Crisis-ridden Russian gas industry looks to Arctic for more LNG

The Yamal Peninsula and nearby Gydan are key areas for Russia’s production of LNG. Sabetta is hub for the Yamal LNG project. (Atle Staalesen/The Independent Barents Observer)

Deputy Prime Minister Aleksandr Novak assembles energy company leaders for a discussion on how to boost production of liquified natural gas.

“The strategic task and future for our natural gas industry is the development of LNG, which in the medium-term perspective is to reach at least 100 million tons per year,” Novak told industry representatives in a meeting this week.

The meeting was held as Russia’s gas industry is experiencing a serious crisis following international sanctions and the loss of the European market. In 2022, Russian gas exports by pipeline dropped 46 percent year-on-year. The country’s biggest gas company – Gazprom – saw its production drop by 20 percent.

At the same time, export of liquified natural gas is on the increase. In 2022, LNG producer Novatek increased exports to Europe with 13,5 percent to a total of 14,65 million tons. Unlike pipeline gas, Russian LNG is so far not subjected to western sanctions, and EU countries have massively purchased the available energy.

The Russian government now wants a bigger focus on the LNG. According to Deputy PM Novak, a resource base for higher production must be created. In the medium-term perspective no less than 100 million tons per year is to be produced, he underlined in the meeting that was attended by representatives of Gazprom, Novatek, Rosneft and Rosatom.

In the room were also scientists, as well as Head of the St.Petersburg Mining University Vladimir Litvinenko.

Russia today has the capacity to produce about 33 million tons of LNG per year. The volumes will increase significantly as Novatek’s Arctic LNG 2 project comes into production. But the country will still be far away from Minister Novak’s target.

The federal government now intends to elaborate a road-map for LNG development. It will address also key challenges like the need to apply Russian-made technology and the serious lack of industry specialists.

Russia’s position in the world has changed radically since the country adopted a federal development program on LNG in 2021. The two-year old document is based on the assumption that liquified natural gas has a bright future in international energy markets, and includes an ambition to make Russia a world leader in the field.

The Yamal LNG is today’s Russia’s biggest project on liquified natural gas.
(Atle Staalesen/The Independent Barents Observer)

According to the document, Russia is to boost its annual LNG production to 140 million tons by year 2035, an almost five-time increase compared with 2020. Practically all planned projects are located in the remote Arctic, and first of all in the Yamal-Nenets region where Novatek in 2017 opened its Yamal LNG and where the Arctic LNG 2 is due to come into production in late 2023.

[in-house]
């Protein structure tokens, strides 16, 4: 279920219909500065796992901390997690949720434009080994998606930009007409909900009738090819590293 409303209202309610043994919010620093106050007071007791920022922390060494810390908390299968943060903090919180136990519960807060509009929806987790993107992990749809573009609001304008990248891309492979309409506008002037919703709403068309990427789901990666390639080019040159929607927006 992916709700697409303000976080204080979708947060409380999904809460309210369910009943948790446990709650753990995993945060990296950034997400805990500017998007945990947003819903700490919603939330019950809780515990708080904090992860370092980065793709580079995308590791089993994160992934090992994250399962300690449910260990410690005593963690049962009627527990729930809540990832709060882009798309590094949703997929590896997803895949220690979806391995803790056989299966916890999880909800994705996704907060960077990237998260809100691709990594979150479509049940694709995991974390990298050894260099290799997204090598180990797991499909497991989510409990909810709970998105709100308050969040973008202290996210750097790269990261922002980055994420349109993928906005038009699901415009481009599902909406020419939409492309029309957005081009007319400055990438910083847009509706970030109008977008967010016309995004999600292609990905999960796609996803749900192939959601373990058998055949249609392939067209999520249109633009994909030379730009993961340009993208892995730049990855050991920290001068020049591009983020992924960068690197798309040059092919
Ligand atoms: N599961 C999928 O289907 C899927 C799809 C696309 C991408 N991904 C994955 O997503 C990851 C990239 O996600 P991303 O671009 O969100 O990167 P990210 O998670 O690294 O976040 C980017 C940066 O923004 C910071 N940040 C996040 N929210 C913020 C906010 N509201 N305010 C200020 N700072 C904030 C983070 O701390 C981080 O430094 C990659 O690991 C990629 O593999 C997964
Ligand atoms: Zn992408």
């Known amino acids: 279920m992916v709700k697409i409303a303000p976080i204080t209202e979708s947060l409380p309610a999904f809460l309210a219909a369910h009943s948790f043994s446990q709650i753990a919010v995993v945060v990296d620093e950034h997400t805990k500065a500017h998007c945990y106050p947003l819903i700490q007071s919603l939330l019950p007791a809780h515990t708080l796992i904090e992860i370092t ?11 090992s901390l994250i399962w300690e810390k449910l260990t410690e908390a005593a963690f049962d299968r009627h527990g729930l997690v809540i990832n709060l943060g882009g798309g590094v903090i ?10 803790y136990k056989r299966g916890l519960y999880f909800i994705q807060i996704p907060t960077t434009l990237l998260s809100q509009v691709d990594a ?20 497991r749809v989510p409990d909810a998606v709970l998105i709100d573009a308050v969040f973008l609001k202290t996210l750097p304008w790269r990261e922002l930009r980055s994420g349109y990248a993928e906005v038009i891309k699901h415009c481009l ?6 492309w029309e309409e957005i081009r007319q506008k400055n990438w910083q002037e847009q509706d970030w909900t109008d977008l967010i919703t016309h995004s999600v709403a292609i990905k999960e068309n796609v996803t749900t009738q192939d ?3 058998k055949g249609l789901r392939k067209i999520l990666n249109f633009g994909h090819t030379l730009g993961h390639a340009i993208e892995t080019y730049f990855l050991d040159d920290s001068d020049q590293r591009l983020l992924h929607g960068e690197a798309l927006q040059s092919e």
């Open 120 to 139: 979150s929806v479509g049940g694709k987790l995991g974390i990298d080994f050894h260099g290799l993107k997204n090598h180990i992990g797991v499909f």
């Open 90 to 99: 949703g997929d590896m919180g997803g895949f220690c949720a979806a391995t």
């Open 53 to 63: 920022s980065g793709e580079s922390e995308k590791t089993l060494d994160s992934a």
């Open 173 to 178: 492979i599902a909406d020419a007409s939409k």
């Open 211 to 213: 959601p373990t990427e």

According to the program, several more projects are due to be launched in the region over the next decade. Among the ones listed as “likely” to be developed is the Ob LNG and the Arctic LNG 1, to produce about 6 million tons and 19,8 million tons respectively.

Among the projects listed in the federal LNG program as “possible” is the Arctic LNG 3, which is based on the resources of the Severo-Obskoye field in Yamal. Projected production is 19,8 million ton, the same as in the Arctic LNG 2 and Arctic LNG 1.

In the category of possible projects are also Gazprom’s Tambey fields located in the eastern part of the Yamal Peninsula, as well as the Pechora LNG and Kara LNG. The latter is planned by oil company Rosneft and is based on resources from the company’s major natural gas resources in the Kara Sea. The project will include annual output of up to 30 million tons produced by a plant built in archipelago Novaya Zemlya, the document says.

Rosneft might also decide to produce LNG as part of its major Vostok Oil project in the Taymyr Peninsula. A plant built near the projected Sever Port Bay could produce as much as 50 million tons of LNG per year, the government document reads.

Related stories from around the North: 

Canada: Yukon gov’t boasts of ‘strongest economy in Canada,’ tables $48M surplus budget, CBC News

Norway: Norway’s oil minister: “We need new discoveries”, The Independent Barents Observer

Russia: Huge budget deficit is building up in Russia’s economy, The Independent Barents Observer

United States: Sen. Sullivan stresses economic promise of Willow drilling project in annual address to Legislature, Alaska Public Media

Atle Staalesen, The Independent Barents Observer

For more news from the Barents region visit The Independent Barents Observer.

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